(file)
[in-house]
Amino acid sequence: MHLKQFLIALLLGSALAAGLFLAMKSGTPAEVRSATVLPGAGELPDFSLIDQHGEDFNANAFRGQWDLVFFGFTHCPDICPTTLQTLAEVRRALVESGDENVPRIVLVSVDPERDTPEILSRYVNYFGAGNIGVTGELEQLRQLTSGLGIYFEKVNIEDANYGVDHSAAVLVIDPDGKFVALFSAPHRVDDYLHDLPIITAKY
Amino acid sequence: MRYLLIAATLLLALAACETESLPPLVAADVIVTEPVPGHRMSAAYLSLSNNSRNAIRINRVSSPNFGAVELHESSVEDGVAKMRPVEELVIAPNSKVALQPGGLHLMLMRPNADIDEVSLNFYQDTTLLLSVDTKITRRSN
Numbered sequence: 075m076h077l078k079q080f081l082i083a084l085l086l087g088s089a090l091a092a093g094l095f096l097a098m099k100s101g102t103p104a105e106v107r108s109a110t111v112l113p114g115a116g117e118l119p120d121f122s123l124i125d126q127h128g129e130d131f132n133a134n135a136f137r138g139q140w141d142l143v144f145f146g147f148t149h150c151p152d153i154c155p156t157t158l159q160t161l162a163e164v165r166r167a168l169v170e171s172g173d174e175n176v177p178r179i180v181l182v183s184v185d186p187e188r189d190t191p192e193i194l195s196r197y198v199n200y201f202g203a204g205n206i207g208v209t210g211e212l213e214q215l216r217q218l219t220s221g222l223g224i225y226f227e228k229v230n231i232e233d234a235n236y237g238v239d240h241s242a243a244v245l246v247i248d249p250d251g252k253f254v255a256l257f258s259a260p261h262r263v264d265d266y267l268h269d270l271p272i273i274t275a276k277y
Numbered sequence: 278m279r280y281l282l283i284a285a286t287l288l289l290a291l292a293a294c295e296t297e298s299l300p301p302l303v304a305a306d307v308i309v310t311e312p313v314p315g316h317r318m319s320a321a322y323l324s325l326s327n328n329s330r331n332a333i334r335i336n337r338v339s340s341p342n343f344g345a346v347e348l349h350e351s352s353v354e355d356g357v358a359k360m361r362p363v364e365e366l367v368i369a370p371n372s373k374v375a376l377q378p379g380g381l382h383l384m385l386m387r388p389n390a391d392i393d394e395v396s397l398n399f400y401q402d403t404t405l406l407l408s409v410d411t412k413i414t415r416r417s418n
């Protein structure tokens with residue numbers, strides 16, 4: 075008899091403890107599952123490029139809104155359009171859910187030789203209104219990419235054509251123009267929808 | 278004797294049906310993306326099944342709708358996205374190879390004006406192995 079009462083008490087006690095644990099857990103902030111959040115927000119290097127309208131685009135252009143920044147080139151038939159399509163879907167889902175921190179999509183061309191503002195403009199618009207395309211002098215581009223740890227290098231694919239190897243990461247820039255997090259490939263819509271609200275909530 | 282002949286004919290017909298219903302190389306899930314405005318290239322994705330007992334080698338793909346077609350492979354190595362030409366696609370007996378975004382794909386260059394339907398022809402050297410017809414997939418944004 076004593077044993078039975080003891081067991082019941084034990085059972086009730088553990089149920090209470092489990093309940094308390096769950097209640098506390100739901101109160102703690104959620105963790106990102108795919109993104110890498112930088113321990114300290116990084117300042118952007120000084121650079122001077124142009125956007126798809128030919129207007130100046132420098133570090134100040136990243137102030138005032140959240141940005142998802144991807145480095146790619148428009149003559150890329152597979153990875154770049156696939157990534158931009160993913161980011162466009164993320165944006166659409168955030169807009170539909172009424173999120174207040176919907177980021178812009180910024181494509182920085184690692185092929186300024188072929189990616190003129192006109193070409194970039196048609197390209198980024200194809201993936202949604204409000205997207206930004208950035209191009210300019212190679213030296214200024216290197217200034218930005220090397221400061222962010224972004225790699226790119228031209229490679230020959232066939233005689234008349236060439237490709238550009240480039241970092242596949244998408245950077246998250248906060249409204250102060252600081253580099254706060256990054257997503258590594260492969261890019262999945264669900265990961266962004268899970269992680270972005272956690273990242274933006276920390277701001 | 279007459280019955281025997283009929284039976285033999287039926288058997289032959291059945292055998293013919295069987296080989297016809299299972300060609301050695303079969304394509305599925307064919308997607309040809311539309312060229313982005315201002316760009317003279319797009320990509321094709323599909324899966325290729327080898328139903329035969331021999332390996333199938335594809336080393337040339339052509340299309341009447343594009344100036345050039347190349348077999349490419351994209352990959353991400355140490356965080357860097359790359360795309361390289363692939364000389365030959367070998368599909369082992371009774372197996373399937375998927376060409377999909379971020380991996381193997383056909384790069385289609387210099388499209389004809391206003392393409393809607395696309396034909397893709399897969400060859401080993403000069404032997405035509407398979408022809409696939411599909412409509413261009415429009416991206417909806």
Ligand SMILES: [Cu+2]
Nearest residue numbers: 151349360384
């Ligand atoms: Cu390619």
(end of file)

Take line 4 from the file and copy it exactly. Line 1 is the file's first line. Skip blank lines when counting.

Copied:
Numbered sequence: 075m076h077l078k079q080f081l082i083a084l085l086l087g088s089a090l091a092a093g094l095f096l097a098m099k100s101g102t103p104a105e106v107r108s109a110t111v112l113p114g115a116g117e118l119p120d121f122s123l124i125d126q127h128g129e130d131f132n133a134n135a136f137r138g139q140w141d142l143v144f145f146g147f148t149h150c151p152d153i154c155p156t157t158l159q160t161l162a163e164v165r166r167a168l169v170e171s172g173d174e175n176v177p178r179i180v181l182v183s184v185d186p187e188r189d190t191p192e193i194l195s196r197y198v199n200y201f202g203a204g205n206i207g208v209t210g211e212l213e214q215l216r217q218l219t220s221g222l223g224i225y226f227e228k229v230n231i232e233d234a235n236y237g238v239d240h241s242a243a244v245l246v247i248d249p250d251g252k253f254v255a256l257f258s259a260p261h262r263v264d265d266y267l268h269d270l271p272i273i274t275a276k277y